General Information

05. Where are cable cleats required?

June 8, 2015 7:30 am

Talon® cable cleats secure cables subject to lateral and torsional forces and provide axial strain relief for vertical and horizontal cables. Typical installations benefiting from Talon® cable cleats are: Low, medium and high voltage, ac and dc systems Single-conductor cables, including single cable and bundled cable configurations (e.g. trefoil, quad, etc.) Multi-conductor cables susceptible to “through-faults” Cables in extreme environments (e.g. arctic, desert, high altitude, offshore/marine, tropical, underground) Cables exposed to aggressive forces (e.g. short circuits, cyclical loading, high-shock, pulse loads, seismic movement, vibration) Vertical cables requiring strain relief and long straight cable runs (esp. cables in cable tray or... View Article

08. What is the recommended spacing between cable cleats?

October 9, 2014 6:07 pm

LINEAL SPACING Lineal cable cleat spacing decisions are based on the dynamic electromechanical forces between cables, cable deflection, axial retention (i.e. strain relief) requirements and the geometry of the cable support system.  Talon Products is pleased to assist with cable force calculations utilizing our proprietary software.  The results of the force calculations will allow customers to choose a lineal spacing that fits their unique application. CAUTION: Some cable cleat spacing charts may only consider the results of the IEC 61914 static cable cleat lateral resistance test, which (in the case of non-rigid cable restraint designs) may include severe cable cleat deformation.  Others may... View Article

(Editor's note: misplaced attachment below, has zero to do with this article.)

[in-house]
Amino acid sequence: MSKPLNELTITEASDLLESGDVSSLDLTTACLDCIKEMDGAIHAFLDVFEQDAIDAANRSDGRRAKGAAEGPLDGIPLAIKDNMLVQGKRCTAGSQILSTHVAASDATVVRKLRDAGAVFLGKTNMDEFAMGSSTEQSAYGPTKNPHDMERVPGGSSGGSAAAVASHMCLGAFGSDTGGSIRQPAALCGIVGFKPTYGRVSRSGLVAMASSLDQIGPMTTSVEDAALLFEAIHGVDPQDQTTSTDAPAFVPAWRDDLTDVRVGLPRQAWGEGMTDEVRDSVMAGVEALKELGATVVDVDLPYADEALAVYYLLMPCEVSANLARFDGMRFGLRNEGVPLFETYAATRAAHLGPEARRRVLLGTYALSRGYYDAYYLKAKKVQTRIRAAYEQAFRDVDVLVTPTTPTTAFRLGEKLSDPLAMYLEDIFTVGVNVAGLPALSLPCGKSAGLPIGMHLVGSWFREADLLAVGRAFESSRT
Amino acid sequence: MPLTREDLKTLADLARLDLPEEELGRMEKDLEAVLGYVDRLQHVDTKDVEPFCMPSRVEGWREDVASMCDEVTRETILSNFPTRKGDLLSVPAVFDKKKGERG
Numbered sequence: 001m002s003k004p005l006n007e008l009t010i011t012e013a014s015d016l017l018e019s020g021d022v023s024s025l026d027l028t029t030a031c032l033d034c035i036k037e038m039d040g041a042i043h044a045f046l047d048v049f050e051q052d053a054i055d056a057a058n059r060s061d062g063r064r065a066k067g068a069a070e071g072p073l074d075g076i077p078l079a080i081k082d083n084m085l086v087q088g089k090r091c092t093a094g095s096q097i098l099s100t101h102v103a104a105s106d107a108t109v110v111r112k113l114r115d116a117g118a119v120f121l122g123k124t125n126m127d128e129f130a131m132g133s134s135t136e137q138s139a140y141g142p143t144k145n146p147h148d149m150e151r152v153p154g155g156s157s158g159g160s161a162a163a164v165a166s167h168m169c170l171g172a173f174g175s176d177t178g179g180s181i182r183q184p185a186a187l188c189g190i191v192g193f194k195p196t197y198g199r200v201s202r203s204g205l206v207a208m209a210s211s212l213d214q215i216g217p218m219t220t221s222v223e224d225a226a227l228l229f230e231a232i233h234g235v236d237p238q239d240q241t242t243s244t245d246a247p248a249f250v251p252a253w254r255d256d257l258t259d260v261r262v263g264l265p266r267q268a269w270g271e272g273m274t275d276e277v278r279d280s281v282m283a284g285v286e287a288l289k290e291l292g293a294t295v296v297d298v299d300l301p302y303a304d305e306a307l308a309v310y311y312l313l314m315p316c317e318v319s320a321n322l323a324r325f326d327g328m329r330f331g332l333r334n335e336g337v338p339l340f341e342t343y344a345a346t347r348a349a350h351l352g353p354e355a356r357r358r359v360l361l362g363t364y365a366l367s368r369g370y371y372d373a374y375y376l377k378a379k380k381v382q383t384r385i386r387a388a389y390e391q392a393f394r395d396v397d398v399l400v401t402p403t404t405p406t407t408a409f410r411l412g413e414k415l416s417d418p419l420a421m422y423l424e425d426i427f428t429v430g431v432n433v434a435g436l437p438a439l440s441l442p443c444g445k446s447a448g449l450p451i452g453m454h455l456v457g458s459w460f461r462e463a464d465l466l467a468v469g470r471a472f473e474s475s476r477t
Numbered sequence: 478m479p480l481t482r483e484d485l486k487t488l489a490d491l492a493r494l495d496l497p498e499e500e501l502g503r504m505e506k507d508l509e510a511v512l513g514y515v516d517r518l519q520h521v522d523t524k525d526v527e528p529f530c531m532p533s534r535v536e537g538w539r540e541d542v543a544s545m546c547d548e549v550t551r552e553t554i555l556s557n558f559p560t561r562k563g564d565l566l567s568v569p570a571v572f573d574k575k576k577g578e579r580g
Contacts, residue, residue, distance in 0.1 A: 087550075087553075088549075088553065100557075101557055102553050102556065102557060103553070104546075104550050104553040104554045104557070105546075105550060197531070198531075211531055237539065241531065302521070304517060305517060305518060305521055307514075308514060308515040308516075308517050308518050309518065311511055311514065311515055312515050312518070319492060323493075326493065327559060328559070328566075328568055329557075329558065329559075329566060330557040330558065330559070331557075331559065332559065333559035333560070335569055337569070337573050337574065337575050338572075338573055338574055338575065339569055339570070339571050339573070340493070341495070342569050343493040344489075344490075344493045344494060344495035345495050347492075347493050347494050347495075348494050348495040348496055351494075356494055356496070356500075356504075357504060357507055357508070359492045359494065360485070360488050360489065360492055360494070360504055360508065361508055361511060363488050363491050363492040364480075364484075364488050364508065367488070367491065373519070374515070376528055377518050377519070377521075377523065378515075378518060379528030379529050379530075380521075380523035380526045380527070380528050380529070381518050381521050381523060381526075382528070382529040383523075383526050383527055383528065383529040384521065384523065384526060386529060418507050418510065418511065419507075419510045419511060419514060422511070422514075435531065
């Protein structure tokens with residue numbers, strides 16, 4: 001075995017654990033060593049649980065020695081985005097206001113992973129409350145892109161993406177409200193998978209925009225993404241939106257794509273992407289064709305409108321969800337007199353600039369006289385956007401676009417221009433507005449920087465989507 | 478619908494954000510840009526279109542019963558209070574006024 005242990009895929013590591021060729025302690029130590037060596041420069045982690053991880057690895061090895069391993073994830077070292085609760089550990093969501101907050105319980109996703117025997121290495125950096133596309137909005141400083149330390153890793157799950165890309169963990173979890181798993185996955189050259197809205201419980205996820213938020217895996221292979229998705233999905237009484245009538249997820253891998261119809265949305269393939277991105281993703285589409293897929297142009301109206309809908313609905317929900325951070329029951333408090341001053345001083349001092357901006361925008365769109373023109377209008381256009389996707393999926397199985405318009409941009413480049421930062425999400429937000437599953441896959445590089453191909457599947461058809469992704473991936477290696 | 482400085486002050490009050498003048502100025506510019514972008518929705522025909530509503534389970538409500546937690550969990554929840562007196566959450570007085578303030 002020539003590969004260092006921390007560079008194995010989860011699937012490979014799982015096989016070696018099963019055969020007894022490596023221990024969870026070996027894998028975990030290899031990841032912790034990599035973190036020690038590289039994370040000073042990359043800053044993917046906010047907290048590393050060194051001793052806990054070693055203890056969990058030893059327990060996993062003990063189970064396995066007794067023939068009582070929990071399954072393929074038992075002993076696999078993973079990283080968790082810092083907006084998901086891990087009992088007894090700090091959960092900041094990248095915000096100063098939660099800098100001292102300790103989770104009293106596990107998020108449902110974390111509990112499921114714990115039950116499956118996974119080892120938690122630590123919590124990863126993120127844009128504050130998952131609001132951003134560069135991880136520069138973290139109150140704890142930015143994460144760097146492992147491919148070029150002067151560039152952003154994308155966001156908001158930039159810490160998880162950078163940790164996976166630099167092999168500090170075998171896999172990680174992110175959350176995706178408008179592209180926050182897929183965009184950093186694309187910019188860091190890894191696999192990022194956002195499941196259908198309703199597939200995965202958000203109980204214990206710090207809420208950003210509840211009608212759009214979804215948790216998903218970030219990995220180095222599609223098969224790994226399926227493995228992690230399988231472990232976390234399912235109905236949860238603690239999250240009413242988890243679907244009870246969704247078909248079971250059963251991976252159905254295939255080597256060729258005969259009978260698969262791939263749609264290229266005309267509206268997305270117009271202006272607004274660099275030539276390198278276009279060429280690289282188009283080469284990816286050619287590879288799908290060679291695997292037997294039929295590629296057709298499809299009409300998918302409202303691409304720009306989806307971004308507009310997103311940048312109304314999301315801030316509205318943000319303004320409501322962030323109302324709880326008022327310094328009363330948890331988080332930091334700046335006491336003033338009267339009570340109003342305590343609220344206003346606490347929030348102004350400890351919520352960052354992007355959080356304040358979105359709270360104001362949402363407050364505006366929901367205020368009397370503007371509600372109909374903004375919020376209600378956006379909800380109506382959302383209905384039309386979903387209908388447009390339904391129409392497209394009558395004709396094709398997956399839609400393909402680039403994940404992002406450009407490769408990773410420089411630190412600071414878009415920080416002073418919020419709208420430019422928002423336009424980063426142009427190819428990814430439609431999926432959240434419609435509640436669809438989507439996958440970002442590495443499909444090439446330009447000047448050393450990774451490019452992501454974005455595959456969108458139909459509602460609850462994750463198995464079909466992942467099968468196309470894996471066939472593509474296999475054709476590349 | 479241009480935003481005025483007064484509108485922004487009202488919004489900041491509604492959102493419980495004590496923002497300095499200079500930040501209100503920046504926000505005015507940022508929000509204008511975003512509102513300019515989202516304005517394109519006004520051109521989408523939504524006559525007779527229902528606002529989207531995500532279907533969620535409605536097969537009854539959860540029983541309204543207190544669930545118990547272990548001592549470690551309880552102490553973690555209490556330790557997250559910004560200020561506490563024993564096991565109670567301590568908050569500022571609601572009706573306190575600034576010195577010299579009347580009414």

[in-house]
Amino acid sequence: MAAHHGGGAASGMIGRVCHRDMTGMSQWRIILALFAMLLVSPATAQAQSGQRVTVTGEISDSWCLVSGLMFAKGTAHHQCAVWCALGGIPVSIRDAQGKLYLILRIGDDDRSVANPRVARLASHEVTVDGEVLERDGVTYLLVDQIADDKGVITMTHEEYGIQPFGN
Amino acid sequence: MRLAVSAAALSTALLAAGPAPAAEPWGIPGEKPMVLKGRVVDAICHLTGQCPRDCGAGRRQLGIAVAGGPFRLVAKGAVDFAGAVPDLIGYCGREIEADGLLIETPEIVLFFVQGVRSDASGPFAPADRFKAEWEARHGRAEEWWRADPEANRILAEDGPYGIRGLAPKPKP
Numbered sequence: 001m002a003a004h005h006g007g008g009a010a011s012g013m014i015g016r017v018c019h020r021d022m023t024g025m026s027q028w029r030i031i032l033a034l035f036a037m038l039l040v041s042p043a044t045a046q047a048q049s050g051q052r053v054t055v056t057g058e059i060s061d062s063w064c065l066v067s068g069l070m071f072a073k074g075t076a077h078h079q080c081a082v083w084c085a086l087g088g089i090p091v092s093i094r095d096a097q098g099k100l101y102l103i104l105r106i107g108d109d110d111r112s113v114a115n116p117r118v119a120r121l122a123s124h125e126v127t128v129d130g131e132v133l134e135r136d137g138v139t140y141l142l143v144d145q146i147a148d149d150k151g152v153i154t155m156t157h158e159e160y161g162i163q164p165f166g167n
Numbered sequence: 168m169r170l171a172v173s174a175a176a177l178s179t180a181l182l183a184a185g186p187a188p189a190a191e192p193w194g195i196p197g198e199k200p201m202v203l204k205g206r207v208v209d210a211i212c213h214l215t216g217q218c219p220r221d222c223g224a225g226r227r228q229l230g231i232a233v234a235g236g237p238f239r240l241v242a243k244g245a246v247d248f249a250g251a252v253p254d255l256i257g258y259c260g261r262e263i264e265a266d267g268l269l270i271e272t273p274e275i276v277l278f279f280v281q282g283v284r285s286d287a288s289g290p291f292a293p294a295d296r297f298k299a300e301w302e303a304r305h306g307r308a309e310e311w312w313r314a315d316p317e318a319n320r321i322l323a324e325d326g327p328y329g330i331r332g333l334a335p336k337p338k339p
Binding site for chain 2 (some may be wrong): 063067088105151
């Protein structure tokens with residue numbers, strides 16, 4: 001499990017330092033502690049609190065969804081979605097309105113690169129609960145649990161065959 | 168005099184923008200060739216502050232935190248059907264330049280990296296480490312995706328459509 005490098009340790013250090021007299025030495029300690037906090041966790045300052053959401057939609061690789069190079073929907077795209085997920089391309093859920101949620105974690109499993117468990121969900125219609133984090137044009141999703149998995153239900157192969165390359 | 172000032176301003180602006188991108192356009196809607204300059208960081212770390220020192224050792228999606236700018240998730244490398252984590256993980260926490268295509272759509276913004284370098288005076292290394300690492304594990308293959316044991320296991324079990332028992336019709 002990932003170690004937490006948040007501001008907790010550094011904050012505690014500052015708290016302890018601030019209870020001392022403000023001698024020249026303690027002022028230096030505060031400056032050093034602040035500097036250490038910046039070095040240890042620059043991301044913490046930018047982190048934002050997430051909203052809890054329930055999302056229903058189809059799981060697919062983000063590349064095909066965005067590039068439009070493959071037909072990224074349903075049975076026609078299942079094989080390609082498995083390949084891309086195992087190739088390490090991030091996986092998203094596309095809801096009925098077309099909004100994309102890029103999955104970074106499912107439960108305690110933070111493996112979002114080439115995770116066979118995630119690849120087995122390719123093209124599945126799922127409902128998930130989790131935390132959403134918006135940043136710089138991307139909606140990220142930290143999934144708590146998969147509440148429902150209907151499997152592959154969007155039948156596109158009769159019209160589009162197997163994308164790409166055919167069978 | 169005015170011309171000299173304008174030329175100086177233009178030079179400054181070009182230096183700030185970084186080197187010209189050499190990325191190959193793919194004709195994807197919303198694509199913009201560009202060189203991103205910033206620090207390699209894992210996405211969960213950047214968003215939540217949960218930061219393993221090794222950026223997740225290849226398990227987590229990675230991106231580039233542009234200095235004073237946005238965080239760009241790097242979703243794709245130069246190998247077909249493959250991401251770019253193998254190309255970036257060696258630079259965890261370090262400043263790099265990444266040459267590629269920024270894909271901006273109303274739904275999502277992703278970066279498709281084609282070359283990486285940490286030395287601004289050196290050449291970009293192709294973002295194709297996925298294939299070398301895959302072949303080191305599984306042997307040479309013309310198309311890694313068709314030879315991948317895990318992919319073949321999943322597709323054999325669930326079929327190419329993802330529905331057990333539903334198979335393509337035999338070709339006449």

02. Are cable clamps the same as cable cleats?

October 9, 2014 5:52 pm

While the terms clamp and cleat are sometimes used interchangeably, they are governed by different standards with exclusive, but analogous test protocols (see FAQ-10).  The most important consideration when evaluating cable restraint products is to ensure the testing is applicable to cables (not pipe or conduit) and is performed under conditions that are at least as demanding as the intended usage. Talon® cable cleats have passed rigorous 3rd party testing in accordance with ASTM B117, IEC 60695, IEC 61914, ISO 4892-2, UL 94 and UL 2239.

10. What are the relevant standards for cable cleats?

August 27, 2014 7:12 pm